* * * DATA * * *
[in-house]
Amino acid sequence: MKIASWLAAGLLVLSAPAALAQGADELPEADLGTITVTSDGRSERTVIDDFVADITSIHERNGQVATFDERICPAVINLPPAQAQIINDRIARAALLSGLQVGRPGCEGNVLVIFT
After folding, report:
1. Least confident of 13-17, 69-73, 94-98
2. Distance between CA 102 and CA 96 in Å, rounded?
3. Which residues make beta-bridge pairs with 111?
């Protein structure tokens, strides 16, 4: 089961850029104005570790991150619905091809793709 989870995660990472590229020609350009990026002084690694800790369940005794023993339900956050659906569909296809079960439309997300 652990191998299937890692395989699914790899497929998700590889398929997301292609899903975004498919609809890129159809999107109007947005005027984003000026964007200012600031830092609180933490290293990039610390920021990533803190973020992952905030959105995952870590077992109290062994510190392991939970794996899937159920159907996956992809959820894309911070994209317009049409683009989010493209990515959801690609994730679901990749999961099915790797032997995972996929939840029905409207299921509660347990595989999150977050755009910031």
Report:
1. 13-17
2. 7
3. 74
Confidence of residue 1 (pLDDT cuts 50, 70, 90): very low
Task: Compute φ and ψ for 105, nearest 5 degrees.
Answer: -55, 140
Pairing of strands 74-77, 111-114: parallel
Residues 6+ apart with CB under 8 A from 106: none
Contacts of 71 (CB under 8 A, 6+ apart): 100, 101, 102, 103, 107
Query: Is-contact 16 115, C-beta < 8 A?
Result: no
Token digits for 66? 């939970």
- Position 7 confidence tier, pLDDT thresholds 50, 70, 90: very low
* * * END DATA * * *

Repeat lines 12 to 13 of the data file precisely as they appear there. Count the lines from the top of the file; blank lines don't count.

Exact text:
Confidence of residue 1 (pLDDT cuts 50, 70, 90): very low
Task: Compute φ and ψ for 105, nearest 5 degrees.